Ms. Greta Powers, CVC Arts Correspondent
The CVU Theatre Program’s spring performance this year was comprised of the One-Acts, a series of four short plays. The plays featured were Attack of the Moral Fuzzies, Death, 13 Ways to Screw Up Your College Interview, and The Secret Life of Walter Mitty. As usual, the spring performance rotates between a full-length play and the One-Acts each year. Since last year’s spring performance was the show, Get Smart, it was time for the students to step up this year and have a go at a new experience. This is the second performance of school year with the first being the fall musical, Joseph and the Amazing Technicolor Dreamcoat. The biggest difference between the One-Acts, the fall musical, and even last year’s play is that the One-Acts were student directed.
Instead of an adult leading a group of high school students, four experienced CVU seniors lead their peers to create the production. Brenna Comeau, Weller Henderson, Alexa Kartschoke, and Halina Vercessi-Clarke were certainly up to the task of individually directing the short plays. What was possibly the most unexpected, though, was what these four directors would experience during their time as directors.
“It was a little different,” Brenna, director of Attack of the Moral Fuzzies says about being a student director. “I think that [the cast members] thought they could get away with more because they were my friends and not students I was teaching,” she said. Brenna describes a challenge many of the directors faced: having to be a leader for a group of their classmates. Whether it’s managing a group project or being a boss at a job, it can be difficult to exert authority over peers. “I had to find a balance between being at their level [and] identifying with them as a peer, but also establishing that I am an authority,” Halina, director of The Secret Life of Walter Mitty, agreed. When there is an adult directing, they automatically have authority over the students because of the age difference. In this case, when there is only a one to three year difference between the director and cast, finding the line between friend and leader can be difficult.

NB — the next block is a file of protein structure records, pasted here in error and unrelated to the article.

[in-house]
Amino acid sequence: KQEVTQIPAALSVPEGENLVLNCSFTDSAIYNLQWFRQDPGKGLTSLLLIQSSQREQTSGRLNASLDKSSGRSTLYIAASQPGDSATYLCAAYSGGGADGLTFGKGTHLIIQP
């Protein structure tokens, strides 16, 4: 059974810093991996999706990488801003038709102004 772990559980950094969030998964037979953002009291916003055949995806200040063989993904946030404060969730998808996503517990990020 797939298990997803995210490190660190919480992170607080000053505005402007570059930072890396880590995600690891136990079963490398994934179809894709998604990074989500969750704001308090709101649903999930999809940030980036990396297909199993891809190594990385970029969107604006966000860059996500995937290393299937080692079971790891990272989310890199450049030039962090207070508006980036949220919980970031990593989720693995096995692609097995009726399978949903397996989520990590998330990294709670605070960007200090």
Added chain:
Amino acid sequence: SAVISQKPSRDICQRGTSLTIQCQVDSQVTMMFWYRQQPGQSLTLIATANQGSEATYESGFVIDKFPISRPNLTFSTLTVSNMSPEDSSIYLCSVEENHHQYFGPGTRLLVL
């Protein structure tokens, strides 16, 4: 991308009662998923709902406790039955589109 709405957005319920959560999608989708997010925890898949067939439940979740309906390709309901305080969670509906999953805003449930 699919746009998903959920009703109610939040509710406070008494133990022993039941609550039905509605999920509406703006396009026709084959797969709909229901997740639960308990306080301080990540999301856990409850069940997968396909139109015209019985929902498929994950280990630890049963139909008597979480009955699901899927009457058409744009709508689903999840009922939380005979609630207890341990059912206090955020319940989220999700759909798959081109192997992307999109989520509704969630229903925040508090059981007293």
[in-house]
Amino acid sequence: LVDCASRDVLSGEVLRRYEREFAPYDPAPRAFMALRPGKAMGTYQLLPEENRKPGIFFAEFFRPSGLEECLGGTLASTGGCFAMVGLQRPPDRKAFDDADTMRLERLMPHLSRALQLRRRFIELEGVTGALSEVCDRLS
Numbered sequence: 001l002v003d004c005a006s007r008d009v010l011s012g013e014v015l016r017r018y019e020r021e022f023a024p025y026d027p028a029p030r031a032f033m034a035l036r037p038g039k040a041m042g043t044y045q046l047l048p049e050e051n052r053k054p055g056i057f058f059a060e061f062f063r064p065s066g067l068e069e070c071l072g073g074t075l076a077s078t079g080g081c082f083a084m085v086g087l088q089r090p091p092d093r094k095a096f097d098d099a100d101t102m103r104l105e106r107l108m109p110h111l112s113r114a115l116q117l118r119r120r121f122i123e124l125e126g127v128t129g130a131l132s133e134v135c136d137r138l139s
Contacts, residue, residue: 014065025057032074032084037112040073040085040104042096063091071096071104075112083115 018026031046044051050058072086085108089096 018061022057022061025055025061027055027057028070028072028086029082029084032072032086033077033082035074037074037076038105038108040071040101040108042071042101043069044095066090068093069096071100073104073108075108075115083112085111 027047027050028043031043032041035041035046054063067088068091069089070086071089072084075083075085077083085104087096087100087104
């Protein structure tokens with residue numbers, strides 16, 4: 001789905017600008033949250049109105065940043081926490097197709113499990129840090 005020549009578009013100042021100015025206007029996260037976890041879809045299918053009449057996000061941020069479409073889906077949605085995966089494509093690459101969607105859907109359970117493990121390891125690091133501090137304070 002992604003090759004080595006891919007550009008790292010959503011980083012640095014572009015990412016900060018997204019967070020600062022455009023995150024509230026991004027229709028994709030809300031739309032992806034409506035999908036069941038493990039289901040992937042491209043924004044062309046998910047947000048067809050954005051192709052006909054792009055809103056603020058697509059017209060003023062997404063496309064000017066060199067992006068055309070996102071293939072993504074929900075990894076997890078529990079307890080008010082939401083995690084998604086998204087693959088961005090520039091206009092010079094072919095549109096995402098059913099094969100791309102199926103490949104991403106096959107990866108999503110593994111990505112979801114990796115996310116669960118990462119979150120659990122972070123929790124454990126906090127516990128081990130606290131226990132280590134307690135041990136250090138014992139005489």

Finding precisely how to be a leader can also be difficult. When asked what skills the senior directors acquired during this process, almost all said being a leader. “In general, I’ve always kind of seen myself as a leader but I’ve never been in charge of something before,” states Weller, director of Death, a play from Woody Allen. The characteristics of what makes a leader successful were also navigated by Alexa, director of 13 Ways to Screw Up Your College Interview: “Learning how to be a commanding and productive leader but not being mean or obnoxious or things like that,” she said. Halina similarly stated: “Before this, I wouldn’t really have considered myself the most assertive person and I definitely had to be assertive and authoritative in this role. I had to learn how to raise my voice or be more stern and crack the whip a little bit.”
Overall, the four seniors did a great job rising to the challenge of directing to create the four One-Act plays. “The casts were great. All the lines were down, the acting was great. And to see a lot of people who had never done theatre before and watch them grow was great.” said Weller. Alexa says, “I was so happy watching it; I was so proud of my actors, I felt like a mom!”